My son is a self-proclaimed science geek. He says it with pride at just 9 years of age! He’s not the only one. Lots of his friends love being “geeks”, because face it, one day they will run the world. They will be the leaders, the inventors and the explorers. They love technology, biology, robotics, chemistry and more. In fact, a popular gift for a lot of the birthday parties we’ve been going to are circuit kits, that help kids explore electricity, power and technology. A lot of it fits into the STEM program, which I am sure many parents have heard of.
Never heard of STEM? Well, STEM stands for education that is based on Science, Technology, Engineering and Math. The skills and knowledge learned in STEM programs are intertwined with real world studies, so students can see how it applies to society at large. It’s pretty awesome.
Speaking of awesome, there are two kits from LightUp that uses a mixture of “blocks” and an app to guide kids through the actual project at their own pace. It explains what they are doing and why they are doing it. Blocks seems like too simple of a term.
There are actually simple and complex magnetic components that your children will learn to put together to build projects like nightlights and buzzers, music boxes and tv remotes. Components include:
- LED lights,
- light sensors,
- momentary switch
When I first learned about LightUp there were two kits available. Currently there is a third kit that will be on Kickstarter for funding mid-May. The kits (current and upcoming) include:
Edison: A good way to begin at an affordable $49.99. It eases children into a world of electronics, where kids can build creative projects like dimmers and buzzers with the components provided, following the instructions on the app. The app keeps track of what the child is building by having them photograph their progress using their iPhone or iPad or other device. It can then tell them they are on the right track or suggest fixes. This is the kit we received for review for my 9 year old. I would probably suggest the Tesla for more projects, activities and components right from the get-go, though. This kit is good for ages 5 -7. More projects will become available through the app.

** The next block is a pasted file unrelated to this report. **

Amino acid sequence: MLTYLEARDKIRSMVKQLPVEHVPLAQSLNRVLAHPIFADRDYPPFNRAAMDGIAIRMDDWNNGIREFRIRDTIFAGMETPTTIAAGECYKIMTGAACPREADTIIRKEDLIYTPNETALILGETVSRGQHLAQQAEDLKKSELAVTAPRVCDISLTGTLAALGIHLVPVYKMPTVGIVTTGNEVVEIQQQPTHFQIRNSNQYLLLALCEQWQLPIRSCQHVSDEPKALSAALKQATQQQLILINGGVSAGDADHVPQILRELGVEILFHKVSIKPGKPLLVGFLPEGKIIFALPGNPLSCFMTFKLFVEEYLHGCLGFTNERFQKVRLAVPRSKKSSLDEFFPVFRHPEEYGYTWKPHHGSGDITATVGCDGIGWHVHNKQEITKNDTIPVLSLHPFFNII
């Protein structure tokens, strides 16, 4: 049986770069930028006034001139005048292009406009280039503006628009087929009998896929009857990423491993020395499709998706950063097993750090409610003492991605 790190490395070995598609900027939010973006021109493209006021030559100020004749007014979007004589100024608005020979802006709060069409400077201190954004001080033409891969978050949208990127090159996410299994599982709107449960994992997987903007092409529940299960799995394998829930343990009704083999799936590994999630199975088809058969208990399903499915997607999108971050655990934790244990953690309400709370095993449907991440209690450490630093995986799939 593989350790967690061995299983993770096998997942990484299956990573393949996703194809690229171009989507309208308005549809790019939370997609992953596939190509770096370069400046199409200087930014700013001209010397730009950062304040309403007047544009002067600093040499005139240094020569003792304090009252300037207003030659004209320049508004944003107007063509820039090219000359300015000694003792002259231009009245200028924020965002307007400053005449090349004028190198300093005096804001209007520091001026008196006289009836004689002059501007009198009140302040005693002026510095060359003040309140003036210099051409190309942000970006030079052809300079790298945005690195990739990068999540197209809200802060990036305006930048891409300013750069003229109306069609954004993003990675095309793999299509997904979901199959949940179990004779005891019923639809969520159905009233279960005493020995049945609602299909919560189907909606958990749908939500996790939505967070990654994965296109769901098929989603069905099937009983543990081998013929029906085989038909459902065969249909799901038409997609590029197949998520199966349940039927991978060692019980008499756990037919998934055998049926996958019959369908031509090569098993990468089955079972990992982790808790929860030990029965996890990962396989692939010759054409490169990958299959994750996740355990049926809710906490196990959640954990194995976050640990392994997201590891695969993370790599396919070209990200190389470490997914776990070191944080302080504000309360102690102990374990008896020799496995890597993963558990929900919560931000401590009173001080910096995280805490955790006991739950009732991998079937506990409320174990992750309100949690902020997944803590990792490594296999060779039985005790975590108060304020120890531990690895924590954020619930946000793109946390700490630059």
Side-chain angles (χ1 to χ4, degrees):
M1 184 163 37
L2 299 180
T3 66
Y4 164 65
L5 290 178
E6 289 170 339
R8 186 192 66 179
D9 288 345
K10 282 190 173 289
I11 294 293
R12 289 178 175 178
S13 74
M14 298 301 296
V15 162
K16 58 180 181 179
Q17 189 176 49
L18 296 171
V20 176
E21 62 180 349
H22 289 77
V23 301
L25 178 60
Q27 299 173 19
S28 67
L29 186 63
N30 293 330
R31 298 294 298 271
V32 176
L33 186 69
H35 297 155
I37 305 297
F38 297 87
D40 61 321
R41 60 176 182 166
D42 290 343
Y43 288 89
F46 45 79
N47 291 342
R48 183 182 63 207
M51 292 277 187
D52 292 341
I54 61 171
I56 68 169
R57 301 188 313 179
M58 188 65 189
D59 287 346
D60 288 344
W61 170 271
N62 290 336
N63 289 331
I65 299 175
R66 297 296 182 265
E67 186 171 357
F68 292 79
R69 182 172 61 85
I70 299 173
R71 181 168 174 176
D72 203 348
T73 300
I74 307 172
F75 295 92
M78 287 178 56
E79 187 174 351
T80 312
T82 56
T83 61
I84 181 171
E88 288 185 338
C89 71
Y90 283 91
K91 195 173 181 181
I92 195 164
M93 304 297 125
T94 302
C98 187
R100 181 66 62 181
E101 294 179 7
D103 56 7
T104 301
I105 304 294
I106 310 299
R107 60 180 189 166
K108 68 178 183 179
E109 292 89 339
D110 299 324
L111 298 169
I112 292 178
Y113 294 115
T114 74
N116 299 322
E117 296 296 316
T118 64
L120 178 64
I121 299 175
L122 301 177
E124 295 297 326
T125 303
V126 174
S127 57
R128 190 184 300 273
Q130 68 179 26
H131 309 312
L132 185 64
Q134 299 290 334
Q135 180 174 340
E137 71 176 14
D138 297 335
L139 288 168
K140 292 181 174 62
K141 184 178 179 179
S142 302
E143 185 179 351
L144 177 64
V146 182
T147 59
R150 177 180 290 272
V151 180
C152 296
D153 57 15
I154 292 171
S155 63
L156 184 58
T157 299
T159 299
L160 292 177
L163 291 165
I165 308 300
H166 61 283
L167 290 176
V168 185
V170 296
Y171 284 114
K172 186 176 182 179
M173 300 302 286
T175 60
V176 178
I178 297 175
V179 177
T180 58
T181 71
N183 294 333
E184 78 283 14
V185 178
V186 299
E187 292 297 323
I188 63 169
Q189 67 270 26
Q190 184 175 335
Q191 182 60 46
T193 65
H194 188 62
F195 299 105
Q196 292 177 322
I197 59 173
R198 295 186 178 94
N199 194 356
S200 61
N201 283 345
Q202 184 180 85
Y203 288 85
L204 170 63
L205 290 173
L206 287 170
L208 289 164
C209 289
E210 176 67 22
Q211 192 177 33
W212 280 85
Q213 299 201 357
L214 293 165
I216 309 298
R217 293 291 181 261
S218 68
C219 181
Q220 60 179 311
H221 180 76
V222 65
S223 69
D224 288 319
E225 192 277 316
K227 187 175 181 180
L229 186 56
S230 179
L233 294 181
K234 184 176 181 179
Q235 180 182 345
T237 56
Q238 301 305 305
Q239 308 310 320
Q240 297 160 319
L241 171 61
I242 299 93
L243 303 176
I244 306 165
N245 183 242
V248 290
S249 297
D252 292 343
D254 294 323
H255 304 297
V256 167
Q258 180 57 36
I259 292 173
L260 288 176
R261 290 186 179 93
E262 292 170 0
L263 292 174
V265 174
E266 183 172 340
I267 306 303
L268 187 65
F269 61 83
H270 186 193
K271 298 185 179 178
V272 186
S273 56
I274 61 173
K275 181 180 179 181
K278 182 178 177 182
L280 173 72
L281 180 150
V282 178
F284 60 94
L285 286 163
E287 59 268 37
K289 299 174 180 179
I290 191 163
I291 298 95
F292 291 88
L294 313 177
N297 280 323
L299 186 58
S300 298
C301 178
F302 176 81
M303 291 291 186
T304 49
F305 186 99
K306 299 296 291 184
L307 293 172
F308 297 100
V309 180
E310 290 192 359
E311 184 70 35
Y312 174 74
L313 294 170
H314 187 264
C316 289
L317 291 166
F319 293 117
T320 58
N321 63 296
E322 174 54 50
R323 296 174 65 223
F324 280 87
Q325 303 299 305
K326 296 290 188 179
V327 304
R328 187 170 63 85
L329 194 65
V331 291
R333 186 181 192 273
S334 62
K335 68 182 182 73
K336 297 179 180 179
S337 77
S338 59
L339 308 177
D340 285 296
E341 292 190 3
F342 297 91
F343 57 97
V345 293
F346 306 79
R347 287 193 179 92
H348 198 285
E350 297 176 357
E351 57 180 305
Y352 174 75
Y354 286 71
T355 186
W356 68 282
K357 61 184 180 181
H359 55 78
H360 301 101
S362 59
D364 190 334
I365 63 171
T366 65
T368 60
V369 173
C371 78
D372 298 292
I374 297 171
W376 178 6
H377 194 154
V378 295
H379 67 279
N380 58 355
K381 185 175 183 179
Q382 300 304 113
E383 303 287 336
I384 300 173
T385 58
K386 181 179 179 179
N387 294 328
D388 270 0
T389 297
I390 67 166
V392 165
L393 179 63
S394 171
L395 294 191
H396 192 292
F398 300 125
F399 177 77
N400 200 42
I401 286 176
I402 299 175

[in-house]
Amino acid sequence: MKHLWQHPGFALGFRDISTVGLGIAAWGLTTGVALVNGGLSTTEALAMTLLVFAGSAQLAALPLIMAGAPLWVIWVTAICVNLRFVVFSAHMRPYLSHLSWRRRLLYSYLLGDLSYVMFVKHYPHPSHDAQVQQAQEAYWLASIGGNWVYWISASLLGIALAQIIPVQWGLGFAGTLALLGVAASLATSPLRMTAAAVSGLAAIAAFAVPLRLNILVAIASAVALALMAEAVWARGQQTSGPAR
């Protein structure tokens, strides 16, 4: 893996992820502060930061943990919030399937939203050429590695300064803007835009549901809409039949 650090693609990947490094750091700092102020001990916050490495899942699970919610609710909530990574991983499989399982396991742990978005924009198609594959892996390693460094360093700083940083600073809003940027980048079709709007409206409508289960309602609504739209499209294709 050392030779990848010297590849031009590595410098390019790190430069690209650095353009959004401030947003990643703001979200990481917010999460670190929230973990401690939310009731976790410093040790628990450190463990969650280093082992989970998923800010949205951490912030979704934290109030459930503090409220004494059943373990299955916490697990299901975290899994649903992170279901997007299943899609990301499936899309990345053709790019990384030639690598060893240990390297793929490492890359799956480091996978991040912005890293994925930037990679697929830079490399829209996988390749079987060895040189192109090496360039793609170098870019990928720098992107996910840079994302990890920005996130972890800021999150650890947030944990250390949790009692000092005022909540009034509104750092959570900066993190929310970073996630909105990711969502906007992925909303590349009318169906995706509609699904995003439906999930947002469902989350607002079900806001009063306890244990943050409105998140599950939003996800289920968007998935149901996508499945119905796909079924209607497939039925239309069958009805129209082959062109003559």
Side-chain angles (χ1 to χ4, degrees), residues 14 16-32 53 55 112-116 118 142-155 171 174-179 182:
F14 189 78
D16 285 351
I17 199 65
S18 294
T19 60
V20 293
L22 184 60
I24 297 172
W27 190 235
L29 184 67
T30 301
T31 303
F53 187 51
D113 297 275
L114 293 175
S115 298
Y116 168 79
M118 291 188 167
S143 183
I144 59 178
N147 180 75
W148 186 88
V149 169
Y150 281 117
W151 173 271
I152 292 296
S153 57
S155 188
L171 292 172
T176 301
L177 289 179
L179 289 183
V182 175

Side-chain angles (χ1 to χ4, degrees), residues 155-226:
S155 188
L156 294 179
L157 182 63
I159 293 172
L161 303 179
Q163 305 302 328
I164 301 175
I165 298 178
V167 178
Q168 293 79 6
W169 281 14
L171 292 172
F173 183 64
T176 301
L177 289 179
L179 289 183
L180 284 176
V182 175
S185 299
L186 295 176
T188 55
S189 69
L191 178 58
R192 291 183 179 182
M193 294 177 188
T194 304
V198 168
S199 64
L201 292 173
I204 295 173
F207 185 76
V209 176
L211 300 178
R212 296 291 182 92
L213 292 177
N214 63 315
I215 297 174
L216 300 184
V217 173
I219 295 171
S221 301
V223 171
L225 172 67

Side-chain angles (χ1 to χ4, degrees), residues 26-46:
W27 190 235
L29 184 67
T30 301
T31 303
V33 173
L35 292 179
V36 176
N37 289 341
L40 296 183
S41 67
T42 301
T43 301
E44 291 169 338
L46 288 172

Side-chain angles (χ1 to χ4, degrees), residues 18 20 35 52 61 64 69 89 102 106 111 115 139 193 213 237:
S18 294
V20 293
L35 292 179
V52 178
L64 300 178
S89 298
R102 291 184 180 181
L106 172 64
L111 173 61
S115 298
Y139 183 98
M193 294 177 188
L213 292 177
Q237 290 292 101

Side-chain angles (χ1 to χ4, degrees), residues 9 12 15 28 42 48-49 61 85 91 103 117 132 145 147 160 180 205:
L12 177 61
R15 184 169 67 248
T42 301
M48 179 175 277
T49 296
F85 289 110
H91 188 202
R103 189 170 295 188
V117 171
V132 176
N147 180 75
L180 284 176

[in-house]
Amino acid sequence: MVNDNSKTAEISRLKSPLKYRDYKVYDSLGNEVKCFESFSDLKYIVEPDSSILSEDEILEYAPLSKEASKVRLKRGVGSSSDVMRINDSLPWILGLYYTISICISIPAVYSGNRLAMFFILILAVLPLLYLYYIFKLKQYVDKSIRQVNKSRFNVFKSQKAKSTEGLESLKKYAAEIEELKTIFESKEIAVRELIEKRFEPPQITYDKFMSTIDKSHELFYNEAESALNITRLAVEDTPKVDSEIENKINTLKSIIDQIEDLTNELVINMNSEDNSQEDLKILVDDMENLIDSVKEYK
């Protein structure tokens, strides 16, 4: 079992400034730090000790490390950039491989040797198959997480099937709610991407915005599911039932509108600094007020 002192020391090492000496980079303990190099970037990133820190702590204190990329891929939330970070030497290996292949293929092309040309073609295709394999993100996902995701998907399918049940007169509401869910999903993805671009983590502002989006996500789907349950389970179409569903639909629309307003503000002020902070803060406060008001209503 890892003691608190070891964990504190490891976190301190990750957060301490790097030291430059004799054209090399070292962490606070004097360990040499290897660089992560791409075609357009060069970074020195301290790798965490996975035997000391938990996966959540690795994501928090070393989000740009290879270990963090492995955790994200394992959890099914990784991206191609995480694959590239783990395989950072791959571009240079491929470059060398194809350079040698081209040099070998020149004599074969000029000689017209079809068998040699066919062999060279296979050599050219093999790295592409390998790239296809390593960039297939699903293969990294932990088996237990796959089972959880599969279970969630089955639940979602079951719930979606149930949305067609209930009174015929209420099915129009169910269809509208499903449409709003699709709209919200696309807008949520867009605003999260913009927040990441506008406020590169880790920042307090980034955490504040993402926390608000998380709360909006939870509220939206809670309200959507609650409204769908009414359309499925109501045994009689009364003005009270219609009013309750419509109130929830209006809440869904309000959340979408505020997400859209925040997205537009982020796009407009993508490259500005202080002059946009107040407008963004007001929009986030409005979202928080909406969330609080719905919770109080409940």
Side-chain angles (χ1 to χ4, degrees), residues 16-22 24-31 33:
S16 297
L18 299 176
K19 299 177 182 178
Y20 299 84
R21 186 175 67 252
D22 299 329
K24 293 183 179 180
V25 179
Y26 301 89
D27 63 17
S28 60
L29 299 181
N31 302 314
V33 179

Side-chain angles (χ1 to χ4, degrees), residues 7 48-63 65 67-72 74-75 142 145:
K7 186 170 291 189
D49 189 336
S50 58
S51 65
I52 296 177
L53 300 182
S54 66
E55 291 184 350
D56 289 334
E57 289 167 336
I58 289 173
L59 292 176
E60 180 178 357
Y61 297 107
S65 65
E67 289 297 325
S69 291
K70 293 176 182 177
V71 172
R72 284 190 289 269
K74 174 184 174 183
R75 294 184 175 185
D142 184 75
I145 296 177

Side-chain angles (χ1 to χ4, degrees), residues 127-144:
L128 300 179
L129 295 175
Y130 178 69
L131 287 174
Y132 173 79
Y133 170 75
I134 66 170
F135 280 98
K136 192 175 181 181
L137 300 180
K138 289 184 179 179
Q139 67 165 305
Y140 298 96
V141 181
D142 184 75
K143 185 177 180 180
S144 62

The kit is named after Thomas Edison, an American inventor that developed the phonograph, the motion picture camera, and the electric light bulb.
Tesla: This kit might have been a better fit for my child’s age. Its components include a Rechargeable Battery, Microcontroller, Speaker, Light Sensor, Momentary Switch, 5k Resistor, Wire blocks (7), and Micro USB Cable. The LightUp Learning app teaches them how to code an included Arduino-based microcontroller block using a web browser. Some projects they can create are a burglar alarm, musical instrument, and TV remote. More projects will become available through the app.
This kit is named after Nikola Tesla, a Serbian American inventor, electrical engineer, mechanical engineer, physicist, and futurist that was a proponent of our modern alternating current (AC) electricity supply system.
Faraday: I know nothing about this kit except it will be available on Kickstarter mid-May! The kit is named after Michael Faraday, who was an English scientist who contributed to the fields of electromagnetism and electrochemistry. His main discoveries include those of electromagnetic induction, diamagnetism and electrolysis.
How can you learn more about LightUp and purchase these kits?
- Visit their website to purchase direct!
- Check out LightUp on Amazon, sometimes they have GREAT deals.
- Follow LightUp on Twitter or Facebook for their latest app updates and kit releases.
Final say: These kits and apps are on the right track. If you can afford the larger kits, I’d go with the Tesla and maybe the Faraday. (I think that one will be bigger). I think those kits will offer more fun and learning for your money, when combined with the app, for our science geeks!